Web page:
“Warren is willing to take chances and do things and really put his gallery on the map, and he really helps Denton and Texas artists — and the timing couldn’t have been better,” Good said.
Crosses and art with religious imagery decorate Good’s studio. Religious imagery and iconography from the Roman Catholic and Judeo-Christian traditions play important roles in his work.
“I don’t think I’ll ever turn away from it,” he said. “I’m working on three commissions right now that are specifically religious iconography.”
When Good was young, his family moved to Ireland.
“They have beautiful churches in Ireland right down the street from where we lived,” he said. “I remember as a kid seeing the stained-glass windows and low relief sculptures along the walls and trying to replicate those.”
Good will give three talks as part of his Oxide show, including one titled “Mannerism and the Madonna: Portraying Mary in Art” on Oct. 18. The artist will explain the unique and personal ways he has portrayed the Madonna over the years.
Origin of the cosmos
An easel displays an unfinished illustration for Good’s new favorite project, his angel series. It’s missing some gold leaf and a few details, but by the time of the September show, he should be ready to display work from the series. The series, with a working title of “The Era of Angels,” boasts an original mythology of the origin of the cosmos.
“What I’ve done is tried to come up with my own cosmogony on how the cosmos was formed and populated it with these angels that kind of function as the gods of Greek and Roman mythology, and doing the accompanying art,” Good said.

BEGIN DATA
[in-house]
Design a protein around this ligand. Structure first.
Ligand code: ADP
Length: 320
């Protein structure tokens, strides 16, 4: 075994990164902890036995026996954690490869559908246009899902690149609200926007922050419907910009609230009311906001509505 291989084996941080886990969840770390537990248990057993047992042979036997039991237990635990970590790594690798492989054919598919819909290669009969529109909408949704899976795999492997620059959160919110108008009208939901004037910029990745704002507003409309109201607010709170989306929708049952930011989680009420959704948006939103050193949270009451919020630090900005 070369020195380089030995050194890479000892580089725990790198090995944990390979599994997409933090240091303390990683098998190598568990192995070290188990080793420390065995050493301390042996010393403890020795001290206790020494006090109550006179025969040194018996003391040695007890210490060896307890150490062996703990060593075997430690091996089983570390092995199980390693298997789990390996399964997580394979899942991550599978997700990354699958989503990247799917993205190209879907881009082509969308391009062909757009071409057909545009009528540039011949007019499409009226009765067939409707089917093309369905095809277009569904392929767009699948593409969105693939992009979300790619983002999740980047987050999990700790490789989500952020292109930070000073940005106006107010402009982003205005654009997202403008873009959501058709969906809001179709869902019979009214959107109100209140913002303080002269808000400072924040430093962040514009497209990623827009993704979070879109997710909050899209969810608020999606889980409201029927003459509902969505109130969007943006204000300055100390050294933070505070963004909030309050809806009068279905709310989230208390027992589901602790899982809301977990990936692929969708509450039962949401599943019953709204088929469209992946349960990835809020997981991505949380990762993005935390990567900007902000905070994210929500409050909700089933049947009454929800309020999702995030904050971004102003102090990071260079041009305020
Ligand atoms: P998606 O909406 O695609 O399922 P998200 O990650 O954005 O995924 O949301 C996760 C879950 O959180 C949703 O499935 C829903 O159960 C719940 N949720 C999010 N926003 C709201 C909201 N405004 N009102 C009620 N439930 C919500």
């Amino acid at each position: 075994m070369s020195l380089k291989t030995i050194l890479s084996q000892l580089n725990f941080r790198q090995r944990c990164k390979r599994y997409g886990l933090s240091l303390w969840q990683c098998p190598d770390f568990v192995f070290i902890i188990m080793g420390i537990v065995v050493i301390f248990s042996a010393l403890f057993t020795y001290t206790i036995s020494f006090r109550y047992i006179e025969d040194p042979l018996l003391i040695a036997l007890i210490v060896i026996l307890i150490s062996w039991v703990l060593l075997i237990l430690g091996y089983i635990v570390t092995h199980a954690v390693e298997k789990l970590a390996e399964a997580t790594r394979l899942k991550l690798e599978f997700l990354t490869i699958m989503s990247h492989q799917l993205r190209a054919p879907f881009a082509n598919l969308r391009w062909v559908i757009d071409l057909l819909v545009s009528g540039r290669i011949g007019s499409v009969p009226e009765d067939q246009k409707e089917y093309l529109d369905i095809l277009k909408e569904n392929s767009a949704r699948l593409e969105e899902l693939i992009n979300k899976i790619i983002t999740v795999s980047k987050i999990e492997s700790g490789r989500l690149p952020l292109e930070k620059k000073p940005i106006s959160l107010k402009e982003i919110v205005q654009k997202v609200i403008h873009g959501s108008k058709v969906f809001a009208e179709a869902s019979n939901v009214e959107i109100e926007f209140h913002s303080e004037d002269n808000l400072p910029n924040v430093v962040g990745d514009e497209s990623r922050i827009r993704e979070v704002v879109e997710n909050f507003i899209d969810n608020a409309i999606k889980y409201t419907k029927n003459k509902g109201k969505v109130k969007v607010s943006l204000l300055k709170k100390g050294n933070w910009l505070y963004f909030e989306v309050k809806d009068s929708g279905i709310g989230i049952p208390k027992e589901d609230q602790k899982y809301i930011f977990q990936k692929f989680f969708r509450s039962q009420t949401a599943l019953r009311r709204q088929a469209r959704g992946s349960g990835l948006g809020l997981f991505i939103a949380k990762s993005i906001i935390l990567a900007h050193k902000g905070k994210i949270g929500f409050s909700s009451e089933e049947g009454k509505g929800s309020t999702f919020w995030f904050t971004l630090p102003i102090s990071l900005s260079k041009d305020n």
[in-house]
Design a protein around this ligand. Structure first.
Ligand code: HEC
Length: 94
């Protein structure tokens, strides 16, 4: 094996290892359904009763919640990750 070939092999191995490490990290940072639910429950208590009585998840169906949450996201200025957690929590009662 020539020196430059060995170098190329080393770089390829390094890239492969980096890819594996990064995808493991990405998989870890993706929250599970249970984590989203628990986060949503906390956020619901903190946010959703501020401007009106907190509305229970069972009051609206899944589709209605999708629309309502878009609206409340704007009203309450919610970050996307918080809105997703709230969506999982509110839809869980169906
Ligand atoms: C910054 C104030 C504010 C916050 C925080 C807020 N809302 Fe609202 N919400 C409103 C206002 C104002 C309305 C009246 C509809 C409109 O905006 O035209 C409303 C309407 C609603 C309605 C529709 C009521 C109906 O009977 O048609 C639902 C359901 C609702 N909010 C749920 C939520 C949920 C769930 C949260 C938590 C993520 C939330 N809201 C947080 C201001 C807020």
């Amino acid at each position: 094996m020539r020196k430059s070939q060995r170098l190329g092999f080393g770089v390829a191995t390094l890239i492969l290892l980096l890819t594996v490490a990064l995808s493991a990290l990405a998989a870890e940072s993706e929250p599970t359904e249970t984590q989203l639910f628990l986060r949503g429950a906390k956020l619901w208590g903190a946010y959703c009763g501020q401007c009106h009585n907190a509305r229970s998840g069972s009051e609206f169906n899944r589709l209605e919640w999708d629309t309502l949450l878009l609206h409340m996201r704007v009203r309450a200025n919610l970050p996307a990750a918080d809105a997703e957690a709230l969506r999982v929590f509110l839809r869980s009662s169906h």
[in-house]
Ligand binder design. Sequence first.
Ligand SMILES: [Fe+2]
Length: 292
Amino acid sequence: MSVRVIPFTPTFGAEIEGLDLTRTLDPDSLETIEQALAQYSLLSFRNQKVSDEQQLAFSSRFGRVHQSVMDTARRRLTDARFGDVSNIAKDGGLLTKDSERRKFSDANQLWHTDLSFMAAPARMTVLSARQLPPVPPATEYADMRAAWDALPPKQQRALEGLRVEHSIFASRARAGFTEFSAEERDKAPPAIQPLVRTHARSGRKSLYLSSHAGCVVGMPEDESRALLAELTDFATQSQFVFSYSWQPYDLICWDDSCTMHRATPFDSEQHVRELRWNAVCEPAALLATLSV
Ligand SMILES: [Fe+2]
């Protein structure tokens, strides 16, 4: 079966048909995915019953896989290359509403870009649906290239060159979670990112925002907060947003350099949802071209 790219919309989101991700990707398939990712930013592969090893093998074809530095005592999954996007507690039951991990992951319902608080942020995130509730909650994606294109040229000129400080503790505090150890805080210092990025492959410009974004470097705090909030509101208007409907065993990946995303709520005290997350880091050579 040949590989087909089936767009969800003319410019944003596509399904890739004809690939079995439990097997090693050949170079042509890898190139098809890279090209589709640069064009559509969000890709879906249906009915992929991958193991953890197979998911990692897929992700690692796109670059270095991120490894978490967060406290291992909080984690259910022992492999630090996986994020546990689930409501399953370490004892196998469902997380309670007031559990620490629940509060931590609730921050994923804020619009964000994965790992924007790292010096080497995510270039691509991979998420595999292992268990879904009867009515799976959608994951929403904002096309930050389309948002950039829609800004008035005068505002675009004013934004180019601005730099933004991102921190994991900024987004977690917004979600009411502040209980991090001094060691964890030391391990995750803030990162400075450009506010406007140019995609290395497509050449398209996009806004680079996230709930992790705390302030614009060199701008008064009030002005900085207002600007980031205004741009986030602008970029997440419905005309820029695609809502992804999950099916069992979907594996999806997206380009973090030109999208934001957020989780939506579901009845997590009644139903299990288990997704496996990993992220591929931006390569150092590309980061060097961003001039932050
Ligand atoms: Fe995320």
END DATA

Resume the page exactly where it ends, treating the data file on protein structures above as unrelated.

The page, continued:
Good has written a standalone book to be read cover to cover, but it will also include his art based on episodes from his stories, symbolizing events and feelings and what the story represents.
Good will talk about his series and read a story during “How Conversations With My Dogs Led to the Creation of a New Cosmos” on Oct. 11.
“In 2007, these were stories that I told my dogs when I was walking because we have [had] the two most beautiful Weimaraners on the planet for 15 years,” Good said. “I would make up these stories and tell them while we were walking.”
ADAM SCHRADER can be reached at 940-566-6882.
RANDALL M. GOOD AT OXIDE GALLERY
What: Randall M. Good’s solo exhibit, “Deities, Demigods and Disegno”
When: Sept. 3 through Oct. 25
Where: Oxide Gallery, 115 Eagle Drive
Details: Admission is free. For more information, visit http://oxidegallery.com.
Opening reception: 6 to 8 p.m. Sept. 6
GALLERY TALKS WITH THE ARTIST:
“The ‘Secret’ Art Languge You Didn’t Know You Knew,” 1 to 3 p.m. Sept. 13. Good will use examples to illustrate the way artists use visual cues and symbols that are already present in most people’s “art vocabulary.” From there, the discussion will turn to the topic of disegno, its meaning and how it influences his art.
“Mannerism and the Madonna: Portraying Mary in Art,” 1 p.m. Oct. 18. Good will talk about how he has portrayed the Madonna over the years, citing pieces included in the exhibit.
“How Conversations With My Dogs Led to the Creation of a New Cosmos,” 1 p.m. Oct. 11. Good will talk about his angel series and read “The Story of the Winter Angel.”